Case examiner says Cred platform hired escaped prisoner as CFO

Cred’s former Chief Financial Officer, James Alexander, has been identified by U.K. authorities as a prison escapee who was convicted for financial crimes.

Bankrupt cryptocurrency lending platform Cred Inc is believed to have unwittingly appointed a prison escapee as its Chief Financial Officer.

A report filed by examiner Robert Stark of Brown Rudnick LLP on March 8 asserts that former Cred CFO James Alexander has been identified by U.K. authorities as a financial fugitive who had been sentenced to more than three years imprisonment in December 2007. Stark said:

“At the time of his incarceration, there was a prison break at this facility. Mr. Alexander has been identified by the UK government as a fugitive.” 

Stark was appointed by Judge John Dorsey in December to investigate allegations from Cred’s customers that the firm had lost $66 million in less than two years through fraud and incompetence.

The report found Cred’s accounting and compliance practices to be “un-systemic, chaotic and, in some instances, nonexistent,” noting a lack of standardized reporting and tracking processes, in addition to blatant comingling of customer and company funds.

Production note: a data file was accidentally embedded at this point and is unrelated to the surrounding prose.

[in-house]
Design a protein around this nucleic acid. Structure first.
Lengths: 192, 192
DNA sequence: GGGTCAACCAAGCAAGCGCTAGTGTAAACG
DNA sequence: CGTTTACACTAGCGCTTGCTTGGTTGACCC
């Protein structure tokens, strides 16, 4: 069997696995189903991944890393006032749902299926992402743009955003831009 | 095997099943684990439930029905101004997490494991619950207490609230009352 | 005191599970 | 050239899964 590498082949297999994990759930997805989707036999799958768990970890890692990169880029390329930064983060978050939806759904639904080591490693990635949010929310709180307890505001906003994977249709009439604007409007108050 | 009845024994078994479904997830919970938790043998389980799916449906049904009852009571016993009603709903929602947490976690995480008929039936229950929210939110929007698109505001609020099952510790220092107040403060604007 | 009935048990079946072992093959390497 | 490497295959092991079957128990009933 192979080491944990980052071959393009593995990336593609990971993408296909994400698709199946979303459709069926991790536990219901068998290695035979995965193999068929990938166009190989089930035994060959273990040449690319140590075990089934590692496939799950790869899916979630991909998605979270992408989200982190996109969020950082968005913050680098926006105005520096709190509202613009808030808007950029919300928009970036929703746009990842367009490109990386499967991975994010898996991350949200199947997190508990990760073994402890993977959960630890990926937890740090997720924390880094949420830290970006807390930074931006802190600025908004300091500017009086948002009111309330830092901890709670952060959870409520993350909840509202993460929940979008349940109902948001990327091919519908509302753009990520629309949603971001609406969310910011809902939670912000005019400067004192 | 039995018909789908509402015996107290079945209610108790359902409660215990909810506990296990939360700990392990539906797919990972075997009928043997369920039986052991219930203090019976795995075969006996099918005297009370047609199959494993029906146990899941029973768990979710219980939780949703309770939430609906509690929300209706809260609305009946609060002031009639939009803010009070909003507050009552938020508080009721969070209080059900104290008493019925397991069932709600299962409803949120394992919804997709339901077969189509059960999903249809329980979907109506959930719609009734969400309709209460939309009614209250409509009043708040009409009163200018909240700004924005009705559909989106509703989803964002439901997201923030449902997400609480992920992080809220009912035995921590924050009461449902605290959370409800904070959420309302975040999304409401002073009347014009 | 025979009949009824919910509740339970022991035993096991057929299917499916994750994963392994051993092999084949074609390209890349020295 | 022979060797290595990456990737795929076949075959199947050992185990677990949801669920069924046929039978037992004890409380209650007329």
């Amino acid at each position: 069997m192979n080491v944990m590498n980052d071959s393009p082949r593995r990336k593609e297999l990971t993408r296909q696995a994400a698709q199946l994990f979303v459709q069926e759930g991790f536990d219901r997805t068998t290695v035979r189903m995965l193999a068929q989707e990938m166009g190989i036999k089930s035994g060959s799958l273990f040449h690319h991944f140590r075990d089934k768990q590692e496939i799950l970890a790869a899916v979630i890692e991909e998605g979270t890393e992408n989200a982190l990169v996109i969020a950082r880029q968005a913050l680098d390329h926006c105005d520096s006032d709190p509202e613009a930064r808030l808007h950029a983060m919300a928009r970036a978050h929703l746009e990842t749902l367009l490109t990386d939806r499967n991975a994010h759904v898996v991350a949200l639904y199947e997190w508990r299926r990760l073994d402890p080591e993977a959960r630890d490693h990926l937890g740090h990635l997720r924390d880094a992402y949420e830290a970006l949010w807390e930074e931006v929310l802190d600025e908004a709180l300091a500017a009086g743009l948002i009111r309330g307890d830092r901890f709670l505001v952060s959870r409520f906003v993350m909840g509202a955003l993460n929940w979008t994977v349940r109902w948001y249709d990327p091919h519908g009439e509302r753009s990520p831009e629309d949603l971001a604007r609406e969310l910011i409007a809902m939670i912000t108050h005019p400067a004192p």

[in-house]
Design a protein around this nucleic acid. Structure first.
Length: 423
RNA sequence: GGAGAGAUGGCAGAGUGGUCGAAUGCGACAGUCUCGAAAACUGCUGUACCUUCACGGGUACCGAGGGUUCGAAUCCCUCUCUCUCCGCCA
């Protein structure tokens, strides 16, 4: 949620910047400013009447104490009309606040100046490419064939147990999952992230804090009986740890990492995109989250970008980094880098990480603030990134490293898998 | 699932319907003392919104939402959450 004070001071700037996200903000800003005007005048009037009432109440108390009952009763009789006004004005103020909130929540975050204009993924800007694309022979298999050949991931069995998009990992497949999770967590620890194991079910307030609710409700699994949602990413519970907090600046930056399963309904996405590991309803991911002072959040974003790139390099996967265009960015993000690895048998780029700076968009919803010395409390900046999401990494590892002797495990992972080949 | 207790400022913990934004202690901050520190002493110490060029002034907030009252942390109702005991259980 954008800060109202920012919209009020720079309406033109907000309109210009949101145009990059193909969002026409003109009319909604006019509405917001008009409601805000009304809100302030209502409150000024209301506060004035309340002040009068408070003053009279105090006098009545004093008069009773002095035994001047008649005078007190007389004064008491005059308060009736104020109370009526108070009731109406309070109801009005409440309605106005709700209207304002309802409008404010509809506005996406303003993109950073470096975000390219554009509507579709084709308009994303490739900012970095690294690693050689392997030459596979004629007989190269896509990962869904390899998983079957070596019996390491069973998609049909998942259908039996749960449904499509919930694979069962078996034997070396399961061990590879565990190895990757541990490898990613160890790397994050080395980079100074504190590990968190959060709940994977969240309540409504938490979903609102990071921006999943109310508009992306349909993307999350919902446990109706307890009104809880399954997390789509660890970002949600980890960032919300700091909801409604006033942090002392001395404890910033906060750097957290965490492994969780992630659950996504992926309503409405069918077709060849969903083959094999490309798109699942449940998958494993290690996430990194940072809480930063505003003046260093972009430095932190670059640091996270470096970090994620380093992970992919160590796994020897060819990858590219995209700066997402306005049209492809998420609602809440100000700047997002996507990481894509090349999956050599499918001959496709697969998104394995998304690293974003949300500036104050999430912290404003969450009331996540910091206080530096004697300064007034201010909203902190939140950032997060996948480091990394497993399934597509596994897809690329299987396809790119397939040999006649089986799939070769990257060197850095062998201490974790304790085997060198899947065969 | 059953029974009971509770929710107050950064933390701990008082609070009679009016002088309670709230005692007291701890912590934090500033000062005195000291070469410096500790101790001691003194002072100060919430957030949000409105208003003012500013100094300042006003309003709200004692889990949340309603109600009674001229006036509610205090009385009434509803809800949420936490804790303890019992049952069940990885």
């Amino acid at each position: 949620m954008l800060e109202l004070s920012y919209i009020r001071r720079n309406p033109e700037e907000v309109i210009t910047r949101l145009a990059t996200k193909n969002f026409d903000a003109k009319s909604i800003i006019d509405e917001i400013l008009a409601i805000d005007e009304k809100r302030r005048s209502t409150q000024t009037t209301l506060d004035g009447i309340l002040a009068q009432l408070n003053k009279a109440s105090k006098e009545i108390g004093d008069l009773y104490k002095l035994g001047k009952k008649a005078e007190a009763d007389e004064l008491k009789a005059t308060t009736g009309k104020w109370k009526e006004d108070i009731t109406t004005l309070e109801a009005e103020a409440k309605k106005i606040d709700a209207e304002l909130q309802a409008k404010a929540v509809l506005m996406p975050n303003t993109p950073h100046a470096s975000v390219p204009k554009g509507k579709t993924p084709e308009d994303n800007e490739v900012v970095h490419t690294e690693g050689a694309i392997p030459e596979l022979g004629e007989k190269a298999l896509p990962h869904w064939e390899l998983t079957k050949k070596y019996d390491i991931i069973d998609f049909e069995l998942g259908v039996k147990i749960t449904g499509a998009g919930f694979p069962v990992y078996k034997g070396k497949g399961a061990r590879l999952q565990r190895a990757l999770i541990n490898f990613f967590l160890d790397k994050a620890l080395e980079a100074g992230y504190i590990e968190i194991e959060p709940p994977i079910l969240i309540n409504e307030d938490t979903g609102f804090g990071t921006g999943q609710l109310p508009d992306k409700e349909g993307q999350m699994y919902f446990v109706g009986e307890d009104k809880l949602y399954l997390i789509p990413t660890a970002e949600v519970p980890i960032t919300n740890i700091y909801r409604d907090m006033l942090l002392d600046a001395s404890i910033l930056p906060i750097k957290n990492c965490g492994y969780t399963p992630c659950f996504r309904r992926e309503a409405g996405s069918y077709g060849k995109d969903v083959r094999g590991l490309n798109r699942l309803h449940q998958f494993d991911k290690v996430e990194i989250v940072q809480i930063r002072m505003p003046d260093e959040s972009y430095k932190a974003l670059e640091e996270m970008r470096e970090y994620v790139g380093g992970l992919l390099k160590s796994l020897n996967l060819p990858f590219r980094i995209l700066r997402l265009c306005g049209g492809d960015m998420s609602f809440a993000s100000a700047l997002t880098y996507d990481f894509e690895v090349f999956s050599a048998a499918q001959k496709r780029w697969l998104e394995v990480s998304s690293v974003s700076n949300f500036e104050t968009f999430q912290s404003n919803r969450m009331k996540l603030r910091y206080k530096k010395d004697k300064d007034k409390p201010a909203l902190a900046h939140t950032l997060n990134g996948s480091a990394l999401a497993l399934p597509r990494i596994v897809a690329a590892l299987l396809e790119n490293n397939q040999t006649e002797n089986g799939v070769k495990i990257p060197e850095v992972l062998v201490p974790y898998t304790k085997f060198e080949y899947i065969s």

“By the time Cred filed for bankruptcy, it had not performed a comprehensive financial reconciliation of accounts in almost a year,” he said, adding:

“Cred, it seems, excelled at its marketing objectives; but, its failures in the most basic of business functions portended its eventual demise.” 

Alexander has been at the center of Cred’s bankruptcy proceedings since they were filed in November, with the firm’s lawyers accusing him of seeking to take over its subsidiary, Cred Capital. They accuse Alexander of transferring $4.3 million of the firm’s crypto to accounts under his control, and losing an additional $11.5 million in digital assets to a scam.

The accused filed to dismiss Cred Capital’s bankruptcy filing, claiming he was its director and the sole individual able to authorize the filing. The motion was dismissed earlier this month.

Last month, Alexander’s lawyers moved to withdraw from the case, asserting the defendant is improperly holding crypto assets they have repeatedly instructed him to turn over to authorities.

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